Faith leaders urged to stamp out anti-LGBT+ rhetoric

Friday, 14 May 2021 14:19 GMT

ARCHIVE PHOTO: Cardinals arrive for a meeting at the Synod Hall in the Vatican March 9, 2013. REUTERS/Alessandro Bianchi

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UN calls on religious groups and leaders to dial down anti-LGBT+ rhetoric for fear of violence or discrimination

By Hugo Greenhalgh

LONDON, May 14 (Openly) - Religious leaders and institutions should stamp out rhetoric or practices that could incite discrimination or violence against LGBT+ people, the United Nations and international human rights experts said on Friday.

Their call came amid debate about the relationship between religious freedoms and LGBT+ rights as Britain's government moves to ban so-called conversion therapy, which aims to change a person's sexual orientation or gender identity.

"Religious authorities have a responsibility to ensure that religion and tradition are not utilized to promote discrimination of persons based on their sexual orientation and gender identity," the United Nations said in a statement.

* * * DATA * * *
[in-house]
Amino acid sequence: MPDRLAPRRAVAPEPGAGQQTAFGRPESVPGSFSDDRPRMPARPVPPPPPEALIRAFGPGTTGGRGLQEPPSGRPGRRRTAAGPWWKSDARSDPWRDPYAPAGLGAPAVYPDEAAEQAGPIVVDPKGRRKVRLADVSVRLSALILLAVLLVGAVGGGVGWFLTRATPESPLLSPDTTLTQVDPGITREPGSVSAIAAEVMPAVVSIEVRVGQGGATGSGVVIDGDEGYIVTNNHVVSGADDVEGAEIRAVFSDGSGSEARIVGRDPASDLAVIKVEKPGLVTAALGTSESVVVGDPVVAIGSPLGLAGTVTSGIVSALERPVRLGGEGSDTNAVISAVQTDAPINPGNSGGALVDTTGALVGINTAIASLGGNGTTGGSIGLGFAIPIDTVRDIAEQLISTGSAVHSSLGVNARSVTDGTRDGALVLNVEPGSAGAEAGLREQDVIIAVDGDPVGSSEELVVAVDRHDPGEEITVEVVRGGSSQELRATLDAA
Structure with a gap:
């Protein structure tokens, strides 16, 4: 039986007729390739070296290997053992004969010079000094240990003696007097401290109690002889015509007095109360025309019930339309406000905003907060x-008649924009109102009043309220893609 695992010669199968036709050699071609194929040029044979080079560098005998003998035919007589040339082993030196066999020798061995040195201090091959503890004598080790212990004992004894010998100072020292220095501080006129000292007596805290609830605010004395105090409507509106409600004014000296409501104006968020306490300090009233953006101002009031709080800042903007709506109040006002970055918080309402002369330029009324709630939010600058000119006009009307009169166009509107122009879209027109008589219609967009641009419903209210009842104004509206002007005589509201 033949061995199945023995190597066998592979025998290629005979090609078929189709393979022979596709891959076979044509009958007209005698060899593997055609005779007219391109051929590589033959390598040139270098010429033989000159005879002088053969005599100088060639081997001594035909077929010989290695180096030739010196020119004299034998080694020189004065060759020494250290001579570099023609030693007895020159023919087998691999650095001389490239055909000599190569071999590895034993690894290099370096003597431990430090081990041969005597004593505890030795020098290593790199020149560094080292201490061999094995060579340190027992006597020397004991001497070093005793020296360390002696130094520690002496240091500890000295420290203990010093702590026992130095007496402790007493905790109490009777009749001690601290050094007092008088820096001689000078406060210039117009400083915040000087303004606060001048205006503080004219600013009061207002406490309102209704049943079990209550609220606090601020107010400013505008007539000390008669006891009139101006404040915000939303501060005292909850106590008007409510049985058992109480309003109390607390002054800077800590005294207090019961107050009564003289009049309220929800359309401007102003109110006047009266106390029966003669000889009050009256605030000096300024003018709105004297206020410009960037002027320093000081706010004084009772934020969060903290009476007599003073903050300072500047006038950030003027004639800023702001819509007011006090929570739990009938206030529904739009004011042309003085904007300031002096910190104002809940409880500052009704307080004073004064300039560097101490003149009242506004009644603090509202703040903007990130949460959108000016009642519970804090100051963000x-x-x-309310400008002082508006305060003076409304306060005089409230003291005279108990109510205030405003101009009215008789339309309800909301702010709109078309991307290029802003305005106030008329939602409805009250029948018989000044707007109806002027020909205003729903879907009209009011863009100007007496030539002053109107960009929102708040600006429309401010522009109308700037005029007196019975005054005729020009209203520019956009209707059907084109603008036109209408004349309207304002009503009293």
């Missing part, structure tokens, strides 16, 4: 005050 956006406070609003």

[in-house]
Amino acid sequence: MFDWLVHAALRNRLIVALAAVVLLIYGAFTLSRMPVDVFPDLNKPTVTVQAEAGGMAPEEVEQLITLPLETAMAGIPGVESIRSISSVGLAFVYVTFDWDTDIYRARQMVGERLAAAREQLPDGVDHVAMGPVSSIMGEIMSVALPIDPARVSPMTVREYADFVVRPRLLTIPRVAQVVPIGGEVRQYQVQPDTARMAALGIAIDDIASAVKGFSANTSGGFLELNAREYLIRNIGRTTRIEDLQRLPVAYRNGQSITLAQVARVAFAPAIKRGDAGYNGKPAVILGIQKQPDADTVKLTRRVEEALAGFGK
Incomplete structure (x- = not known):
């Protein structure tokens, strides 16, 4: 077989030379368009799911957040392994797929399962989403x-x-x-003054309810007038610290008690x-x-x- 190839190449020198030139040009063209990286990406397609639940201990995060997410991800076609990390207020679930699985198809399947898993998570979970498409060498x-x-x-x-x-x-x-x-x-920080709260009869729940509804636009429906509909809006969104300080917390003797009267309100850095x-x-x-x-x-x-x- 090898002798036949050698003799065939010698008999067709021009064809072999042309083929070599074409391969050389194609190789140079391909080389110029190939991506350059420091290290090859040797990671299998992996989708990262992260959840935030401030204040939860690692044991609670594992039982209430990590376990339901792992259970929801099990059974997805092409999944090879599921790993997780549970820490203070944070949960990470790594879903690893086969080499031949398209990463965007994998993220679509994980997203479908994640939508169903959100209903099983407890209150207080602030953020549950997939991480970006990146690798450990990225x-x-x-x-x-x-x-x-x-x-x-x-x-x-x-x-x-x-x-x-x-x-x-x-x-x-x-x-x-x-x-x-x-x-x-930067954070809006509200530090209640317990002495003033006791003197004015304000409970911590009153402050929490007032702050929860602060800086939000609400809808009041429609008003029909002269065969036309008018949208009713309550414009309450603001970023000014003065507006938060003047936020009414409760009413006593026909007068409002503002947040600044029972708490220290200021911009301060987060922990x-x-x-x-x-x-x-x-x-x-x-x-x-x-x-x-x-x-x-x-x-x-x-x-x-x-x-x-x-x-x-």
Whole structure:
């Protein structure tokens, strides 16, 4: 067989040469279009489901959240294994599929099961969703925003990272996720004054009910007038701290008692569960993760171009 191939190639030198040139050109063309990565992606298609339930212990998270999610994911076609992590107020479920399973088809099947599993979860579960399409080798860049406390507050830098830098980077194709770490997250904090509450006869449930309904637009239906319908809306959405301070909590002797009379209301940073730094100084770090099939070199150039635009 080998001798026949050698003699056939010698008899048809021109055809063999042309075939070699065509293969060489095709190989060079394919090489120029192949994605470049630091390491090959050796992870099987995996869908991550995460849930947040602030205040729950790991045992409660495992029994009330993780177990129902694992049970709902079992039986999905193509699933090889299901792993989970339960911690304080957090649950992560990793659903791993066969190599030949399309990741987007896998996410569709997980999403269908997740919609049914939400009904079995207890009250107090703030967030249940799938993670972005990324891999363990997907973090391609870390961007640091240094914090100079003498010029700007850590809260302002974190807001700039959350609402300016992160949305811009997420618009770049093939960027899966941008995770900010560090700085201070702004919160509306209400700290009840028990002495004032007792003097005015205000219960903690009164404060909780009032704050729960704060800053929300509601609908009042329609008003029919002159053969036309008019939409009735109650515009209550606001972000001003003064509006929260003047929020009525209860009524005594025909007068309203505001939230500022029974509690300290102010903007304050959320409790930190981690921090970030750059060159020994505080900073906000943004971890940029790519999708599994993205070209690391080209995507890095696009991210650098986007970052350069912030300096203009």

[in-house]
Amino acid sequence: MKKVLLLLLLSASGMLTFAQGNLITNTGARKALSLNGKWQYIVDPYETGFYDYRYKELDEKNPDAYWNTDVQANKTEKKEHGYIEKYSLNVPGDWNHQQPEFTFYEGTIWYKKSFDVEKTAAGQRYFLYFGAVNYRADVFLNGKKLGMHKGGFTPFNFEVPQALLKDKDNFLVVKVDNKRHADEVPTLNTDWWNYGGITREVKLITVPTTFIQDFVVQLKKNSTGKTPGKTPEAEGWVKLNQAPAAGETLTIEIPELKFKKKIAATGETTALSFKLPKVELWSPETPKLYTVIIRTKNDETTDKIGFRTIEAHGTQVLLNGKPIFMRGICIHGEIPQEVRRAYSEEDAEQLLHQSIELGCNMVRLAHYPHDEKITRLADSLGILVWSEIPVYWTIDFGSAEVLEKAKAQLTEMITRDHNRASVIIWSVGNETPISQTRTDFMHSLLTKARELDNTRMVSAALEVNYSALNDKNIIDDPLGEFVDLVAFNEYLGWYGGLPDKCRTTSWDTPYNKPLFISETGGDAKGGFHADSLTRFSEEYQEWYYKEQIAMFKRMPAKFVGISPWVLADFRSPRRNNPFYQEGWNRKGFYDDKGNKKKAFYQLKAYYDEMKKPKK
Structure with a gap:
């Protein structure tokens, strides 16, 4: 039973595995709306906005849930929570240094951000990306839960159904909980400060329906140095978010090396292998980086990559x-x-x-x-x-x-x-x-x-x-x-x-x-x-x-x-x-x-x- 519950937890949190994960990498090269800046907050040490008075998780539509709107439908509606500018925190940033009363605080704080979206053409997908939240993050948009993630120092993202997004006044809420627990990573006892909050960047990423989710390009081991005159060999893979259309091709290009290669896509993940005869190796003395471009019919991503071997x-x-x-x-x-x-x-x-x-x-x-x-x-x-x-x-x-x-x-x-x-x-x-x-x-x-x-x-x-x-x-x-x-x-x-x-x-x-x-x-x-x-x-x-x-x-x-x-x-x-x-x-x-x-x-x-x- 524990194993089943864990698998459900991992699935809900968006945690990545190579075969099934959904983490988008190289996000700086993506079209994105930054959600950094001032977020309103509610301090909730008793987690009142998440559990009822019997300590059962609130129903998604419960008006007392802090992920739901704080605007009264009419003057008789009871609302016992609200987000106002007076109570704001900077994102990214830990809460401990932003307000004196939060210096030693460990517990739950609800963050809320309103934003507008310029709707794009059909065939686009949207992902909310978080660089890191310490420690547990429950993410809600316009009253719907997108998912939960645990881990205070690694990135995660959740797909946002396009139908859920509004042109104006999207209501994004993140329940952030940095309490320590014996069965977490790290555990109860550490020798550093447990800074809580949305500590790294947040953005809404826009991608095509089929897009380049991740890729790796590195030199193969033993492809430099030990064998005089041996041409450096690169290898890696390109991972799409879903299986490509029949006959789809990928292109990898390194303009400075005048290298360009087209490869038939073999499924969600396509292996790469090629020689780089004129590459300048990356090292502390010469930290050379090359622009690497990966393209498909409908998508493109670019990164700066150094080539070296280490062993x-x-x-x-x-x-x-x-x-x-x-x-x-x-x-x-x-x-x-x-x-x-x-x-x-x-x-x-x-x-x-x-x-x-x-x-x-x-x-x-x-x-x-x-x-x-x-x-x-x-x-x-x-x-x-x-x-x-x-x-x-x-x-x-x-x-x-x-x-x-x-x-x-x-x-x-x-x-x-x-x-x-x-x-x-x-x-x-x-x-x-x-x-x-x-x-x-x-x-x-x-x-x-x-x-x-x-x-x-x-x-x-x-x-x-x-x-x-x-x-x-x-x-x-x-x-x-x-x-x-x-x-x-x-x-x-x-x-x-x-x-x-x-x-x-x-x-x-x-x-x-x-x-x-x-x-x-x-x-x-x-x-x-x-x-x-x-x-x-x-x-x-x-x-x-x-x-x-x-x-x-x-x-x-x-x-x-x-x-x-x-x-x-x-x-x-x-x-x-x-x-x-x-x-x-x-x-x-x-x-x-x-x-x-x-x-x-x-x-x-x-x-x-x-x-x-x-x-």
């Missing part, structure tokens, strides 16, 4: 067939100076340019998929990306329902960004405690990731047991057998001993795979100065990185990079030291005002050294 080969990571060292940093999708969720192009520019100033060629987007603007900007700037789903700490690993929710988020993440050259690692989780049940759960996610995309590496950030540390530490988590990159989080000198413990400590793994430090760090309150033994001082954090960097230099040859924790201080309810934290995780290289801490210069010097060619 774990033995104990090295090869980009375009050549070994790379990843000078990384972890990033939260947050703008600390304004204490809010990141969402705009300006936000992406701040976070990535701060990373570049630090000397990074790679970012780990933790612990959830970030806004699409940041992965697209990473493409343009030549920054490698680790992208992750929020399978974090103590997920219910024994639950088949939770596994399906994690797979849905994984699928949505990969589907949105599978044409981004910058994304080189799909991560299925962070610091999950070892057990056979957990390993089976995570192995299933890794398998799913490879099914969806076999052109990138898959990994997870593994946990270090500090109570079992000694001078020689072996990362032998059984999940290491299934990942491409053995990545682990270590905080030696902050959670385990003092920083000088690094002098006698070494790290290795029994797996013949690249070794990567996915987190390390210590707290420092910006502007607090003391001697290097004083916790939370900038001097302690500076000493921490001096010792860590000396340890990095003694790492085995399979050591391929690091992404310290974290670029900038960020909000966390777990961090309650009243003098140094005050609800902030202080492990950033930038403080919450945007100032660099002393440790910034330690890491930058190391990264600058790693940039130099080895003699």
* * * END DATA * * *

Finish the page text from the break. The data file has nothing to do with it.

The declaration was signed by the Inter-American Commission on Human Rights, more than 100 U.N. experts and the Council of Europe's rights commissioner ahead of the International Day against Homophobia, Transphobia and Biphobia on Monday.

"The right to freedom of religion or belief of all human beings during their life course, including that of LGBT persons, must be recognised," the U.N. independent expert on sexual orientation and gender identity Victor Madrigal-Borloz said.

He called on religious leaders to dial down anti-LGBT+ rhetoric as it could lead to violence and discrimination.

"Such incitement constitutes hate speech and is protected neither by freedom of expression nor by freedom of religion or belief," Madrigal-Borloz said in a statement.

The issue was spotlighted this week as some religious groups voiced concern that the British plan to ban conversion therapy could criminalise clerics seeking to help people change their sexuality or gender identity through prayer.

In March, Prime Minister Boris Johnson told the Evangelical Alliance, a conservative Christian lobby group representing 3,500 churches, he did "not want to see clergy and church members criminalised for normal non-coercive activity".

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(Reporting by Hugo Greenhalgh @hugo_greenhalgh; Editing by Helen Popper. Please credit the Thomson Reuters Foundation, the charitable arm of Thomson Reuters, that covers the lives of people around the world who struggle to live freely or fairly. Visit

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